For many decades, my knowledge of and interest in John Williams was limited to Lost in Space, Checkmate, and one or two others from that period (Diamond Head, Penelope, etc.).
Part of this is because the 1960s is my favorite decade for film and TV music.
And part of it is guilt by association: I hate Star Wars, Stephen Spielberg, mainstream Hollywood action/adventure schlockbusters, and that most dreaded of all decades, the 1980s. Also, the fact that Williams had such a major downward career slide after working with a genius like Irwin Allen does not help his standing with me. Nor does the possibility that he may have ripped off The Great Les Baxter.
So about 8 years ago I see Catch Me If You Can, and despite Spielberg involvement, I really like the film and the opening titles; and when I found the CD for a couple of bucks, I grabbed it.
I'm becoming a sentimental fool in recent years, and I have fond memories of seeing films with my family, most of whom are gone now, and I've started picking up the soundtracks if I run across them at a good price, even if I didn't so much care for the films or the scores. At the same time, I start running into all these mint John Williams albums for a buck a throw, some of which are films that I saw with my family.
So now, in addition to the 60s scores, I have the Towering Inferno, Earthquake, Jaws, and Close Encounters. The latter exceeded my expectations - side 1 has a Daphnis et Chloe vibe and is completely free of that annoying riff; but even side 2 is nice, and when the riff plays at the finale, it has almost a grandiose Firebird quality about it.
So anyway, thus has been my journey with John Williams. I still plan to avoid his 80s scores, as I would virtually any 80s music, but I'm at least more open to him now than I once was. So there you have it.
Have you heard Williams' score for The Eiger Sanction? It's got a lot of nice Bossa-sounding tracks and some memorable themes (also in that style).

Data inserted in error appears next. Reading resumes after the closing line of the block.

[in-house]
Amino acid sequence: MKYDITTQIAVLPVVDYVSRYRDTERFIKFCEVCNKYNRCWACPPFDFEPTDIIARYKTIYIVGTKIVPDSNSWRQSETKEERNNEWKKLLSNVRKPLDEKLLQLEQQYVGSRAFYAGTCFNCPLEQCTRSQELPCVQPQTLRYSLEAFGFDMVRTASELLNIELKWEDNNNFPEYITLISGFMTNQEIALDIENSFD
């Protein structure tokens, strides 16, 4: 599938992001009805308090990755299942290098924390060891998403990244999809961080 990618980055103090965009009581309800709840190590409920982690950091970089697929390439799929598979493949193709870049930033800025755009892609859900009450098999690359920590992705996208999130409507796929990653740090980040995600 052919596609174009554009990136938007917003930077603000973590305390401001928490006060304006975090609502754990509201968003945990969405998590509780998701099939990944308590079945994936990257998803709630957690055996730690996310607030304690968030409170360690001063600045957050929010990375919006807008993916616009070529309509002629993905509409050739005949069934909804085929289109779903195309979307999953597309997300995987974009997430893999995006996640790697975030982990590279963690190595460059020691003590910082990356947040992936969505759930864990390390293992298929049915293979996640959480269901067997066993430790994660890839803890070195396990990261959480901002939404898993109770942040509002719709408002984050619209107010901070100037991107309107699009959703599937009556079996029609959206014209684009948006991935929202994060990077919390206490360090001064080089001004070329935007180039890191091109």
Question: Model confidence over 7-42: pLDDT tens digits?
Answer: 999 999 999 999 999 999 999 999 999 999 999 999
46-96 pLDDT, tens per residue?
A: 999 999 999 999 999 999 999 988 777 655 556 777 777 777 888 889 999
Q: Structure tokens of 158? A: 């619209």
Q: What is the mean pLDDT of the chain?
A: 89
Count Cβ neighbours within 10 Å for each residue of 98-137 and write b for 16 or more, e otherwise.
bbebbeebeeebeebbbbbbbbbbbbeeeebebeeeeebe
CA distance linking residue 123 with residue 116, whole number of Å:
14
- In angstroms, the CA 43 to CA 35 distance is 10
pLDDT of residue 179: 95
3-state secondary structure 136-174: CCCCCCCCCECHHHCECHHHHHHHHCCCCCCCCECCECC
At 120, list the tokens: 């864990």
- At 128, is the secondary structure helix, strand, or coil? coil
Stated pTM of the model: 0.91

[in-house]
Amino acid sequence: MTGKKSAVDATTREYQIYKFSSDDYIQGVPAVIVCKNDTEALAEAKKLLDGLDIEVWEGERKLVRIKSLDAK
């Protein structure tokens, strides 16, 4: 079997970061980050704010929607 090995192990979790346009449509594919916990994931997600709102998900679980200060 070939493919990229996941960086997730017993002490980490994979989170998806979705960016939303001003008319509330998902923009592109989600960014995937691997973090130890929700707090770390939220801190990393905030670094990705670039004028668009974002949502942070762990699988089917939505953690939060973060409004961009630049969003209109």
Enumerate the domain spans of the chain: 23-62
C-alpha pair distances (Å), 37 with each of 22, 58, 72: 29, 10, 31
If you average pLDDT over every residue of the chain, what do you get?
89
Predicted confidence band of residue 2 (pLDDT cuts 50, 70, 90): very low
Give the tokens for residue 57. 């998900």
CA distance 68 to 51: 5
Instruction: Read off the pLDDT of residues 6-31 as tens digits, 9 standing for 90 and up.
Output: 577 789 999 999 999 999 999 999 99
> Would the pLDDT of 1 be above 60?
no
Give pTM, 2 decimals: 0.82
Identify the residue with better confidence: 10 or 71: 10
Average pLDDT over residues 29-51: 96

Your branding of Spielberg's films as "Neo-Conservative Kitsch" is hands-down the most amusing thing ever written on this board (the second would be former FSM poster JS Walsh referring to Star Wars as "life-avoiding shit"). I don't harbor the level of hostility you do for Spielberg's movies (I thoroughly enjoy Jaws and Raiders of the Lost Ark) and Williams' post-Irwin Allen music, but I understand completely where you're coming from.
Oh we're all here but just sat back comfortably and laughing smugly at the idea of Williams ripping of 'The Great Les Baxter'. Well ............it could be true though, maybe Williams was just testing the waters with the first 5 notes from the SW main title, got away with it and then went the whole hog with E.T.
Since you obviously don't like big blockbusters and their scores, have you tried listening to Williams' "smaller" scores from the 80s and 90s like STANLEY AND IRIS, ACCIDENTAL TOURIST, THE RIVER, ROSEWOOD etc.?
I especially like his delicate score for STANLEY AND IRIS.
Since you obviously don't like big blockbusters and their scores, have you tried listening to Williams' "smaller" scores from the 80s and 90s like STANLEY AND IRIS, ACCIDENTAL TOURIST, THE RIVER, ROSEWOOD
No, if I find any of them for cheap, I will give them a try.
Well even though many people on the board may not agree with his viewpoints including me I agree with EDWOOZOOMOM, he is really saying what he really feels which can be refreshing and he also is admitting he is not a thorough knowledgeable person on the history of film music. I think some of us which is normal in all interest think on this board at times others have heard and know more then they really do. But a lot of us here, knowledge on this art form is fleeting.But not yours truly[ha-ha]
I'm surprised the legions of Williams fans here haven't rushed to your aid and imbued this thread with their patented enthusiasm; for they embody the optimistic spirit of so many Williams scores.
Agreed, where is Thor? I thought he would be so proud of me...
Well, you know what they say -- to each their own.
I'm very fascinated by Williams' work from the late 50's to the mid 70's (and have spent a great deal of time researching every tiny detail of this period in his career), but it's mostly his later works that appeal to me on a personal level. The 90s is in fact my favourite Williams decade.
Did you ever try IMAGES? Or several of his concert works, like the flute concerto? These stray FAR away from what you label 'neo-conservative kitch'.
In recent years, Williams has often explored these minimal clusters of sound rather than the big and sweeping themes. Scores like MUNICH, WAR OF THE WORLDS and MINORITY REPORT are pretty down-and-dirty and gritty and DENSE in its orchestration. Maybe that's more to your liking, even though they are movies by your dreaded Spielberg. Even THE LOST WORLD has a very primal Stravinsky thing going for it. Parts of A.I. seem inspired by John Adams.
But hey -- recommendations are dime a dozen. The best tip I can give you is to try a streaming service like Spotify where you can listen to some Williams scores from past and present.
I like the fact that you're willing to explore, though, beyond the confines of the 60s.